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Down the tubes: Plastic pipe mob who pushed HR boss through window stay fired

03 July 2021 - 09:34 By dave chambers
Forty-one plastic pipe factory staff fired after their HR manager was assaulted by a mob have failed in a labour appeal court bid to get their jobs back.
Forty-one plastic pipe factory staff fired after their HR manager was assaulted by a mob have failed in a labour appeal court bid to get their jobs back.
Image: 123rf/Titipong Sukpaiboonwat

Forty-one workers who were fired after a mob pushed a human resources manager through a window have failed in their labour appeal court bid for reinstatement.

The group were among 148 staff at Marley Pipe Systems in Pretoria who were fired after the 2017 assault of HR head Ferdi Steffens.

Ferdi Steffens was pushed through a window then attacked with rocks, kicks and punches.
Ferdi Steffens was pushed through a window then attacked with rocks, kicks and punches.
Image: LinkedIn/Ferdi Steffens

Though video footage showed only 12 workers pushed Steffens through a window before attacking him with rocks, punches and kicks as he lay on the ground, the chairperson of a disciplinary hearing said none of the others tried to stop the attack.

All 148 members of the National Union of Metalworkers of SA were found guilty of misconduct and fired after the chairperson said the mob acted with common purpose.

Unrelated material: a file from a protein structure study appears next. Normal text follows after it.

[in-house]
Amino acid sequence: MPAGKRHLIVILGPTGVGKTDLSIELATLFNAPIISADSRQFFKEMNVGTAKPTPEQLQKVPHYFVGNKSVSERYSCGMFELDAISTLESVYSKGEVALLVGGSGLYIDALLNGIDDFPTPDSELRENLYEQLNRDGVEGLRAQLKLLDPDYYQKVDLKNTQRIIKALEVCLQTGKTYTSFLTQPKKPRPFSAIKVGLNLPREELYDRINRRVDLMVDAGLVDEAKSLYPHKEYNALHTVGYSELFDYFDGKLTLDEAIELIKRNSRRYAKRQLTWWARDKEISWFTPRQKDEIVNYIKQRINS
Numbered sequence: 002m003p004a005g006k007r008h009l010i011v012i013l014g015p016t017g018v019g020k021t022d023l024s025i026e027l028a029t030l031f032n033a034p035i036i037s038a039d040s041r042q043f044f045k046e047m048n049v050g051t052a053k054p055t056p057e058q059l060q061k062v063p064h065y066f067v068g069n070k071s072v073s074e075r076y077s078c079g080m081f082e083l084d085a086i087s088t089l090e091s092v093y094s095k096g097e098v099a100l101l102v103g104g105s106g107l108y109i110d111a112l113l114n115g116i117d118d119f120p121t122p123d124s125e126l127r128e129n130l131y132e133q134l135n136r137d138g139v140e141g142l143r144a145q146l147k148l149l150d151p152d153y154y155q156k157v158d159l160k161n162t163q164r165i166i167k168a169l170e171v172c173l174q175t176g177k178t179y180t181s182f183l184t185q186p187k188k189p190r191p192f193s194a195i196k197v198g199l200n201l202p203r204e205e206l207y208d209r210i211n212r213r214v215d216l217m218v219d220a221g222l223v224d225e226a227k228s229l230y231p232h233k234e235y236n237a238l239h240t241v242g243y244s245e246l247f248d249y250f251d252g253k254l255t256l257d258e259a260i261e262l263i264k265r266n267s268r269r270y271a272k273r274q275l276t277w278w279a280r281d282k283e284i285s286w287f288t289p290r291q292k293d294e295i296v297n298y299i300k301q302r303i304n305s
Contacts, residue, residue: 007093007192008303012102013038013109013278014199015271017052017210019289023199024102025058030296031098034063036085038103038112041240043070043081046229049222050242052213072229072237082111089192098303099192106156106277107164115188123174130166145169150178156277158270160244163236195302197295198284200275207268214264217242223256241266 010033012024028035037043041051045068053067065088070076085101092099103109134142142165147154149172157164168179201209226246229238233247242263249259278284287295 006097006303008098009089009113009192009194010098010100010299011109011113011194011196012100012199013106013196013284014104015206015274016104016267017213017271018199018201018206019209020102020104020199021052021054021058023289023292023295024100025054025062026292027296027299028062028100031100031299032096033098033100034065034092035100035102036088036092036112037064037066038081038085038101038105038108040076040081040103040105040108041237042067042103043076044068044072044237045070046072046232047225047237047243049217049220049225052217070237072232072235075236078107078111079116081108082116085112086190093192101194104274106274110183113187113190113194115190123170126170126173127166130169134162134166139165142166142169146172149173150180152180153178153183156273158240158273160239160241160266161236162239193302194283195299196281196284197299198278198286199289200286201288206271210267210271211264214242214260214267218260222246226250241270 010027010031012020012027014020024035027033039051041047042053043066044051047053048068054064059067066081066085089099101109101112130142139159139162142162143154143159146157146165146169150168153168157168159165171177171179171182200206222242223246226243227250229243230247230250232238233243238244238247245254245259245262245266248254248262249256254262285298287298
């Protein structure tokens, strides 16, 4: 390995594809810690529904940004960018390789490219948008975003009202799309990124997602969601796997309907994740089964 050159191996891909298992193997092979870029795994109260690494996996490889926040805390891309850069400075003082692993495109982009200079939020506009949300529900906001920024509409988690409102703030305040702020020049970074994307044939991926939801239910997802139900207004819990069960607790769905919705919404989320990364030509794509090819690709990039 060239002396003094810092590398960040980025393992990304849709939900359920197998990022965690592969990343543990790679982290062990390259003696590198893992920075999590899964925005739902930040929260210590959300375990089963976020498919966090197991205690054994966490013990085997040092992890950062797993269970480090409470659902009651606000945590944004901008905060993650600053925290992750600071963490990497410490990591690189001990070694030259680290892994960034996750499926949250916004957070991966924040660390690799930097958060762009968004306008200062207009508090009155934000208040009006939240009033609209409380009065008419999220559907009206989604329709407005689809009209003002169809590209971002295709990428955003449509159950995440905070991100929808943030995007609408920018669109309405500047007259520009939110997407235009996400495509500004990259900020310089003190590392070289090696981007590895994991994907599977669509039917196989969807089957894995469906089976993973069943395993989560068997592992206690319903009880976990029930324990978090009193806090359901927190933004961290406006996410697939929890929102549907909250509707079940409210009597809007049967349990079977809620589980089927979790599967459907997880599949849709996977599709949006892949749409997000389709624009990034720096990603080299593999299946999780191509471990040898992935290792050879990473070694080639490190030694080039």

They had associated themselves with the assault by being on the scene, encouraged the assailants, failed to help Steffens, “rejoiced” in the assault and held placards demanding Steffens' removal.

The labour court upheld the outcome of the hearing and ordered the fired employees, who were part of a wildcat strike during a wage dispute, to pay R829,835 in compensation to Marley Pipe Systems.

The 41 staff who took their case to the labour appeal court in Johannesburg accepted that 12 employees were identified as having directly assaulted Steffens, and another 95 had been seen in photographs and video footage of the scene.

But they argued that there was no proof they had been part of the mob. Staff who had joined previous unprotected strikes had not been dismissed, they said, meaning they should be reinstated.

Marley said clocking-in records placed all 41 at the scene of the assault and video footage showed the entire workforce moving to the offices where Steffens was attacked.

Acting judge of appeal Kate Savage.
Acting judge of appeal Kate Savage.
Image: General Council of the Bar

Acting appeal judge Kate Savage said there was proof that the 41 staff were at work but away from their work stations at the time of the assault.

“The striking employees, all of whom were Numsa members, moved together towards Mr Steffens’ office, holding placards and presenting written demands which sought his removal,” she said.

“The employees sought out Mr Steffens and remained present on the scene during the course of and after his assault, with none of the striking employees coming to his aid.”

Only one member of the mob had subsequently distanced himself from what had happened.

“In fact, the undisputed evidence was that the striking employees celebrated the assault after the fact,” said Savage. “The inference drawn that all employees were involved in or associated themselves with the assault became the most probable and plausible.

“The labour court cannot be faulted for finding that the appellant employees committed the misconduct for which they had been dismissed. Given the seriousness of such misconduct, dismissal was an appropriate sanction.”

Steffens' LinkedIn profile shows that he left Marley Pipe Systems immediately after the assault for a role as supply chain integration manager at Coca-Cola Bottling Africa.

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